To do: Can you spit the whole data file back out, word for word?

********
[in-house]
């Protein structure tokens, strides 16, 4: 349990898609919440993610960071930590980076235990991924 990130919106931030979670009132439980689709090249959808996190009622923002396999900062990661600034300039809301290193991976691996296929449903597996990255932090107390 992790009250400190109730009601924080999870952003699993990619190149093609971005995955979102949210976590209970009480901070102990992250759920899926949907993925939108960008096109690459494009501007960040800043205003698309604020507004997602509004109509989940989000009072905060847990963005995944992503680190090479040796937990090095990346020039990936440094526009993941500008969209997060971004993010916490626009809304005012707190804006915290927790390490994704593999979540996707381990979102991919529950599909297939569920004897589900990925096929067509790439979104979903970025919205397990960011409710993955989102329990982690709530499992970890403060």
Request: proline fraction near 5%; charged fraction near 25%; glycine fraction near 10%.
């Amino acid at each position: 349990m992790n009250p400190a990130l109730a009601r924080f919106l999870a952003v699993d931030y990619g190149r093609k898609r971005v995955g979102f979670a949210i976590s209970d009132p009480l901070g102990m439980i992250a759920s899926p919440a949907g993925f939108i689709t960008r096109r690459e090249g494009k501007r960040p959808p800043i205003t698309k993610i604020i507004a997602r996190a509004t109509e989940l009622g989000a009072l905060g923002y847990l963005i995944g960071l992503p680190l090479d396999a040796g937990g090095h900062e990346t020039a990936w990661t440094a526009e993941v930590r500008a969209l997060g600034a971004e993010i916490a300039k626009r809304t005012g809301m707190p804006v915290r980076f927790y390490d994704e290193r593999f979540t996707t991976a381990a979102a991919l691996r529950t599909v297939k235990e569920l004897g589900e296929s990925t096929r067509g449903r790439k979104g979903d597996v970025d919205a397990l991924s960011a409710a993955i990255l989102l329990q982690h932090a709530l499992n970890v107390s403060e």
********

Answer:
[in-house]
């Protein structure tokens, strides 16, 4: 349990898609919440993610960071930590980076235990991924 990130919106931030979670009132439980689709090249959808996190009622923002396999900062990661600034300039809301290193991976691996296929449903597996990255932090107390 992790009250400190109730009601924080999870952003699993990619190149093609971005995955979102949210976590209970009480901070102990992250759920899926949907993925939108960008096109690459494009501007960040800043205003698309604020507004997602509004109509989940989000009072905060847990963005995944992503680190090479040796937990090095990346020039990936440094526009993941500008969209997060971004993010916490626009809304005012707190804006915290927790390490994704593999979540996707381990979102991919529950599909297939569920004897589900990925096929067509790439979104979903970025919205397990960011409710993955989102329990982690709530499992970890403060």
Request: proline fraction near 5%; charged fraction near 25%; glycine fraction near 10%.
């Amino acid at each position: 349990m992790n009250p400190a990130l109730a009601r924080f919106l999870a952003v699993d931030y990619g190149r093609k898609r971005v995955g979102f979670a949210i976590s209970d009132p009480l901070g102990m439980i992250a759920s899926p919440a949907g993925f939108i689709t960008r096109r690459e090249g494009k501007r960040p959808p800043i205003t698309k993610i604020i507004a997602r996190a509004t109509e989940l009622g989000a009072l905060g923002y847990l963005i995944g960071l992503p680190l090479d396999a040796g937990g090095h900062e990346t020039a990936w990661t440094a526009e993941v930590r500008a969209l997060g600034a971004e993010i916490a300039k626009r809304t005012g809301m707190p804006v915290r980076f927790y390490d994704e290193r593999f979540t996707t991976a381990a979102a991919l691996r529950t599909v297939k235990e569920l004897g589900e296929s990925t096929r067509g449903r790439k979104g979903d597996v970025d919205a397990l991924s960011a409710a993955i990255l989102l329990q982690h932090a709530l499992n970890v107390s403060e």